Employee News - July 9, 2020

A service of the King County Department of Human Resources

King County Employee News



CDC updated the high-risk list. And it’s not just older adults. 

In spite of Washington State’s ongoing efforts to contain it, COVID-19 is spreading more rapidly by the day, especially among  people aged 20-40. And while they are less likely to become seriously ill from the virus, they can still spread it to friends, family and neighbors – without even knowing they have it.  Many young people are also in the higher risk categories recently updated by the CDC.  

Who’s at risk: An update 

Much about the virus remains a mystery, but we are learning more each week about who is most vulnerable. The CDC has updated its list of people who are at increased risk of severe illness and those who should take extra precautions to avoid getting the virus, regardless of age. Among them are some members racial and ethnic groups that have experienced longstanding health and social inequities, including Black people, Native Americans and Latinos.   

Native Americans and Black people are five times more likely to be hospitalized with COVID-19, and Latinos are four times as likely to be hospitalized, according to the CDC. Black, Brown, and Indigenous lives truly matter—we can protect those lives if we take precautions to prevent the virus from spreading to them. Read more.


Black mental health matters 

The direct effects of increased exposure to violence, police brutality, and systemic racism placed on the Black Community, and a pandemic that has disproportionately affected communities of color here in King County, continues to be a concern for Black Children and Families. 

Depression, stress and anxiety impacts adults and children in the Black Community in many ways. Inherited and experienced racial trauma and systemic inequities in healthcare limits an individual’s quality of life and life expectancy. 

It is particularly important for parents and caregivers to be mindful of the emotional and mental well-being of children and young adults during this time. Their feelings are real and justified. They need and deserve support. Read more.  


Celebrate the Americans with Disabilities Act, July 26

The American’s with Disabilities Act (ADA) is turning 30 on Sunday, July 26, 2020. The ADA prohibits discrimination against people with disabilities in several areas, including employment, transportation, public accommodations, communications and access to state and local government programs’ and services.  

In honor of this groundbreaking legislation, King County, the City of Seattle and the Northwest ADA Center have put together a three-hour block of television programming that highlights individual stories about disability, ways to support accessibility, and challenges that remain for individuals with a disability in our community. Please join us on the Seattle Channel on Sunday, July 26 from 2 - 5 p.m. and King County TV on Monday, July 27 from 5 - 8 p.m. All programming will be accessible. For more details, view  this flyer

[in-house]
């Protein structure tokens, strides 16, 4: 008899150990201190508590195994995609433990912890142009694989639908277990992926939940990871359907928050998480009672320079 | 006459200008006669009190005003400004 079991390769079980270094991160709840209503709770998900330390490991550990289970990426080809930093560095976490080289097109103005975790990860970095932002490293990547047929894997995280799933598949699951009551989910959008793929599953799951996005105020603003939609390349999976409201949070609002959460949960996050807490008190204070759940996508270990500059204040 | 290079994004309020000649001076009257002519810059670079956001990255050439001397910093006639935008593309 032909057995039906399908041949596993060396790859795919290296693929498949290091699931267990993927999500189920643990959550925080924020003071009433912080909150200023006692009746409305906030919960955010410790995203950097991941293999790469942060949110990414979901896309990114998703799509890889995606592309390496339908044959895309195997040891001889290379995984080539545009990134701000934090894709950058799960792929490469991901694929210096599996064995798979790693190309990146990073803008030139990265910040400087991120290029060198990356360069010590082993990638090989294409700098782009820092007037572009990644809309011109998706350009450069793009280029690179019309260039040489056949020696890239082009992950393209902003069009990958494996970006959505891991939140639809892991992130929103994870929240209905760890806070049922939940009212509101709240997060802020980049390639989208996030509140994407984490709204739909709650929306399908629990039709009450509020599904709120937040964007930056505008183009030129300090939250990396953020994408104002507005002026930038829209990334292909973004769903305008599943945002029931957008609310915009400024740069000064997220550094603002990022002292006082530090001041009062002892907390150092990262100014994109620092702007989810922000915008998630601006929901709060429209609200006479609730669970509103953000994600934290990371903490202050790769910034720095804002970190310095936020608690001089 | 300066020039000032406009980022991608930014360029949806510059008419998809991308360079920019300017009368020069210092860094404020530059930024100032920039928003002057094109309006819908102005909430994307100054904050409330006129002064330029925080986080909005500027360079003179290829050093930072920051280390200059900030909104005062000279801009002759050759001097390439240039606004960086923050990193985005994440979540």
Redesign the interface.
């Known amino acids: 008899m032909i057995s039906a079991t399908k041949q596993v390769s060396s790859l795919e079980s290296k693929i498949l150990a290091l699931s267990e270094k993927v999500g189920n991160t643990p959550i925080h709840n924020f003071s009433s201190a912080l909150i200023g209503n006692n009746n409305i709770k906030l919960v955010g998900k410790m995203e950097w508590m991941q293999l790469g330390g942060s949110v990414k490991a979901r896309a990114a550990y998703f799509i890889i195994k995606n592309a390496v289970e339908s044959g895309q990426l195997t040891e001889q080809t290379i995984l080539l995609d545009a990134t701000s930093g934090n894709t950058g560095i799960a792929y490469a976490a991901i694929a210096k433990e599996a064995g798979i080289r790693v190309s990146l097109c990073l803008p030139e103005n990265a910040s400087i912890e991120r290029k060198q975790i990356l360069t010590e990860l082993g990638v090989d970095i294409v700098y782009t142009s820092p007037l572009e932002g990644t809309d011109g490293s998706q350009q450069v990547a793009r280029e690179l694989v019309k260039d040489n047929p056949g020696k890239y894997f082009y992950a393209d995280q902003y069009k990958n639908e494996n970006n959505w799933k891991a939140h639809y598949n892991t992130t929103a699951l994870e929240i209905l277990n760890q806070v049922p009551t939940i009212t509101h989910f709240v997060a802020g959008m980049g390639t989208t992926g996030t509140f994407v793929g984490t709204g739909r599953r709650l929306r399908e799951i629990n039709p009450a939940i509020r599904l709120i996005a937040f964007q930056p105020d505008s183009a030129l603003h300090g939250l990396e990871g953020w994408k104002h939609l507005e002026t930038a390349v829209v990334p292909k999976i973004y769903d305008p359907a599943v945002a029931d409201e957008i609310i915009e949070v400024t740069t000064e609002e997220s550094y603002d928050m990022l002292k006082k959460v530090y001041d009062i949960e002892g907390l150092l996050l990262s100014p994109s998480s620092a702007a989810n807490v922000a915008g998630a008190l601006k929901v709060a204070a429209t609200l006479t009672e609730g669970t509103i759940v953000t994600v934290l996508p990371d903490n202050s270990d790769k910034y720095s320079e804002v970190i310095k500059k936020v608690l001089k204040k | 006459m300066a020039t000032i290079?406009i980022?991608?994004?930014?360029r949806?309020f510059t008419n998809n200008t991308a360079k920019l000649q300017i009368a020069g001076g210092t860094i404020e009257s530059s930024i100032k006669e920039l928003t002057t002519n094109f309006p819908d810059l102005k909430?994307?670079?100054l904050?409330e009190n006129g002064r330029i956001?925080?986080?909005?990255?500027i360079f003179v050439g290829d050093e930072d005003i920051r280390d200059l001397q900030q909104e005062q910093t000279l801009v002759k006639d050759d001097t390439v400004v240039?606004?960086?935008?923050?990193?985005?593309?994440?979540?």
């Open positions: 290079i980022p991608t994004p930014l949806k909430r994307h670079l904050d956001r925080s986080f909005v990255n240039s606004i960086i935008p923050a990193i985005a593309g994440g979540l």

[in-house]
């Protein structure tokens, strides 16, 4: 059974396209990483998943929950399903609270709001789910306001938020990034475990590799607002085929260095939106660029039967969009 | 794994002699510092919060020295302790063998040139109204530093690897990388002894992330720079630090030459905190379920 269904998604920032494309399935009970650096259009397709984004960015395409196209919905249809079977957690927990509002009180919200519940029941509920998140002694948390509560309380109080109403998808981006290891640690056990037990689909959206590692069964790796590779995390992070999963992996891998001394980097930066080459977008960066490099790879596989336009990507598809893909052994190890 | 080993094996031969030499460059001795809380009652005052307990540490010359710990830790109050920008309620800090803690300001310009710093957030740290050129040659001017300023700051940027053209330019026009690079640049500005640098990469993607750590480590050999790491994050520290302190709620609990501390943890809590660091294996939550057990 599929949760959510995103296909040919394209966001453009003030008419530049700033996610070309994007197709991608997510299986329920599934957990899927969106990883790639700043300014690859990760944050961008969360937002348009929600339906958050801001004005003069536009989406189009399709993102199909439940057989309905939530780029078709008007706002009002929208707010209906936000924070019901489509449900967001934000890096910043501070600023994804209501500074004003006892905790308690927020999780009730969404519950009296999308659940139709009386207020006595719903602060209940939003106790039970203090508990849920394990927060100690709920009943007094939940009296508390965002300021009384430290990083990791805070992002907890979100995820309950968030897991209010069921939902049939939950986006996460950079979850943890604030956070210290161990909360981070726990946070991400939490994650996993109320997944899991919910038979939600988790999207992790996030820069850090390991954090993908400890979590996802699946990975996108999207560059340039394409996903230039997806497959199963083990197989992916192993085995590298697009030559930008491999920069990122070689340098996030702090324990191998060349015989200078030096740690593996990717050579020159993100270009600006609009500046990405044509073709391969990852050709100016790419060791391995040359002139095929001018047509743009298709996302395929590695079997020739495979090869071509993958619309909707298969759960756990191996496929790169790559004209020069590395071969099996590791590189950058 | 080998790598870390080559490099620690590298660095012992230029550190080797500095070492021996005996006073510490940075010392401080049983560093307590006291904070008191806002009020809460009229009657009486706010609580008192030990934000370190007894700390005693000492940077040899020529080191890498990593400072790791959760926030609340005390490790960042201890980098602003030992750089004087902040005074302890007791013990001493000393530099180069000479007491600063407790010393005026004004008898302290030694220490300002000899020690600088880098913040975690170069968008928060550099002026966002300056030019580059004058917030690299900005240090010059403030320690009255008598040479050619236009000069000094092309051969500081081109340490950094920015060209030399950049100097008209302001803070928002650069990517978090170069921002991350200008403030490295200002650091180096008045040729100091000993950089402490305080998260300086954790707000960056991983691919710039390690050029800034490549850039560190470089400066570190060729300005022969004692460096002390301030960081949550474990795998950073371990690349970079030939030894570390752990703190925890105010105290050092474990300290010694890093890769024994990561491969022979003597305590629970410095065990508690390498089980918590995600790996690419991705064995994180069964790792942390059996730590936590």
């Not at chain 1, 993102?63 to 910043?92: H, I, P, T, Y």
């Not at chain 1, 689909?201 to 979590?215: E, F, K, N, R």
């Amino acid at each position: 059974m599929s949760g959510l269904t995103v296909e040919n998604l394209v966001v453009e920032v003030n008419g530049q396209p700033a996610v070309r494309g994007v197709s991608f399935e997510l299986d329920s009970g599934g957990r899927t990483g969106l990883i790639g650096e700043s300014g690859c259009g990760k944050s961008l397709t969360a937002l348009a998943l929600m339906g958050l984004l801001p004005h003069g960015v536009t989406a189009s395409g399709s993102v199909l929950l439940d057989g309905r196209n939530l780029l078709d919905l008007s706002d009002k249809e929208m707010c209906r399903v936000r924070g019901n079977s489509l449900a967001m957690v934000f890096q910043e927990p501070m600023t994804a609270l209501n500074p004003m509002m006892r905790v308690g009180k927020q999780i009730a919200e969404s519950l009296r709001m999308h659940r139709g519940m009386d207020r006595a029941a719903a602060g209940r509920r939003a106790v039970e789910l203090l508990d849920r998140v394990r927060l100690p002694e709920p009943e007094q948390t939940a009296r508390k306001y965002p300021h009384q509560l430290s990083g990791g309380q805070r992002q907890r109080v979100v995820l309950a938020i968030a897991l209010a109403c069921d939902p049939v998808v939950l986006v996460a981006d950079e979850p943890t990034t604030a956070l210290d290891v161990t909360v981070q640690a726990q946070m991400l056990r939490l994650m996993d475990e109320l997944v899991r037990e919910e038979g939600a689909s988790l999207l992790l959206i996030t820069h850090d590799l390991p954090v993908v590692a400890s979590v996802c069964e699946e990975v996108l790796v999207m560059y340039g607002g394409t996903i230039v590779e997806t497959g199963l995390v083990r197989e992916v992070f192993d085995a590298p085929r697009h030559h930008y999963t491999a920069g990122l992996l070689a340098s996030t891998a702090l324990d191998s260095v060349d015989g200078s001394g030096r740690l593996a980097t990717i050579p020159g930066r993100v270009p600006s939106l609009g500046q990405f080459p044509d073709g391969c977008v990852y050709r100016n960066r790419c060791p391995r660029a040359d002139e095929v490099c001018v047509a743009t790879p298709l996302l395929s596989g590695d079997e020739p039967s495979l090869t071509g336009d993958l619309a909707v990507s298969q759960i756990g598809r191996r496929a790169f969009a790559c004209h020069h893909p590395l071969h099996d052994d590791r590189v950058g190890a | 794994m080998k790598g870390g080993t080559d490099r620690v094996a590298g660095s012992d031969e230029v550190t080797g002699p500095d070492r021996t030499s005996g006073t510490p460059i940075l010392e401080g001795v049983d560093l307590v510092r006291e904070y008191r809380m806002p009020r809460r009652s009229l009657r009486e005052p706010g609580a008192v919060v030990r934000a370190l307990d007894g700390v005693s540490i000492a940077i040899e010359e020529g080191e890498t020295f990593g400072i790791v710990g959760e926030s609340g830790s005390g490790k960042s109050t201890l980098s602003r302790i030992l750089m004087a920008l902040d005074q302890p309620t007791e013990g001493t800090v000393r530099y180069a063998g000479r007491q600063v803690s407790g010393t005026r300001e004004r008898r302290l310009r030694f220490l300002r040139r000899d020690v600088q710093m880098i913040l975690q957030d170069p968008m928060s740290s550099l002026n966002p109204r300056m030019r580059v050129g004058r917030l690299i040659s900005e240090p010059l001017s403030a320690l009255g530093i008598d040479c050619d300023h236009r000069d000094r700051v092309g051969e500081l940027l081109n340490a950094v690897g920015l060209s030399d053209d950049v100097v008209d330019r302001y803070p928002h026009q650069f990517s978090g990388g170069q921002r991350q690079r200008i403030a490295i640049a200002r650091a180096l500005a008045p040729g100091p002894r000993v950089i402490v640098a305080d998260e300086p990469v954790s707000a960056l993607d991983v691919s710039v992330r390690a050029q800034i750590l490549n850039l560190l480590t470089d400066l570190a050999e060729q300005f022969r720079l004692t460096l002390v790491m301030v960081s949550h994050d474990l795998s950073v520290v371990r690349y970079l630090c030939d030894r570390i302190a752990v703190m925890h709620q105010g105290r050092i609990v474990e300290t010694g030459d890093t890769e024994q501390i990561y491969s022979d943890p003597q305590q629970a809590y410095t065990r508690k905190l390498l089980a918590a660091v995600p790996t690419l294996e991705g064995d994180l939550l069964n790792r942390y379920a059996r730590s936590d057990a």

This special television programming will include:  

  • Presentations by Seattle’s renowned architect Karen Braitmayer  
  • An original documentary, Bottom Dollars, by Rooted in Rights  
  • Benefits of Universal Design  
  • Breaking Down Barriers with Supported Employment  
  • Introduction to Accessible Online Meetings, Alt Text, Captions, and Transcripts  

The Seattle Channel airs on channels 21 on Comcast and Wave, 8003 on CenturyLink, and in HD on Comcast channel 321, 721 on Wave, and 8503 on CenturyLink. King County TV airs on Comcast channels 22 and 322 in HD, and Wave channel 22. 


Introduction to Mindfulness – Online, July 15 

In this two-hour workshop, we will review the various aspects of mindfulness practice, the ways mindfulness can help reduce stress, reactivity and burnout, and the science that supports the practices. This free workshop includes hands-on learning of several simple but effective mindfulness practices that participants can put to use in their lives right away. 

For more information, contact Balanced You at BalancedYou@kingcounty.gov. 


Doing the right thing: Restaurants and COVID-19 

In response to rising COVID-19 cases county wide, Public Health – Seattle & King County is expanding efforts to educate and enforce compliance of Governor Inslee’s Safe Start COVID-19 reopening requirements in food establishments.  

The governor’s Safe Start business reopening requirements include that food establishments: 

  • Set up customer flow that allows for social distancing of 6 feet or more; 
  • Assure that employees and customers wear face coverings; 
  • Limit restaurant indoor and outdoor seating occupancy; and 
  • Take other important protective measures such as surface cleaning and employee health screening. 

Featured Job: Personal Health Services Supervisor – North Regional Parent Child Health Teams 

Salary$96,012.80 - $124,716.80 Annually 

LocationVarious Locations throughout King County, WA 

Job TypeSpecial Duty Assignment or Term Limited Temp (TLT) 

DepartmentDPH - Public Health 

Job Number2020-11824 

DivisionCommunity Health Services 

Learn more about this position or view all available positions. 

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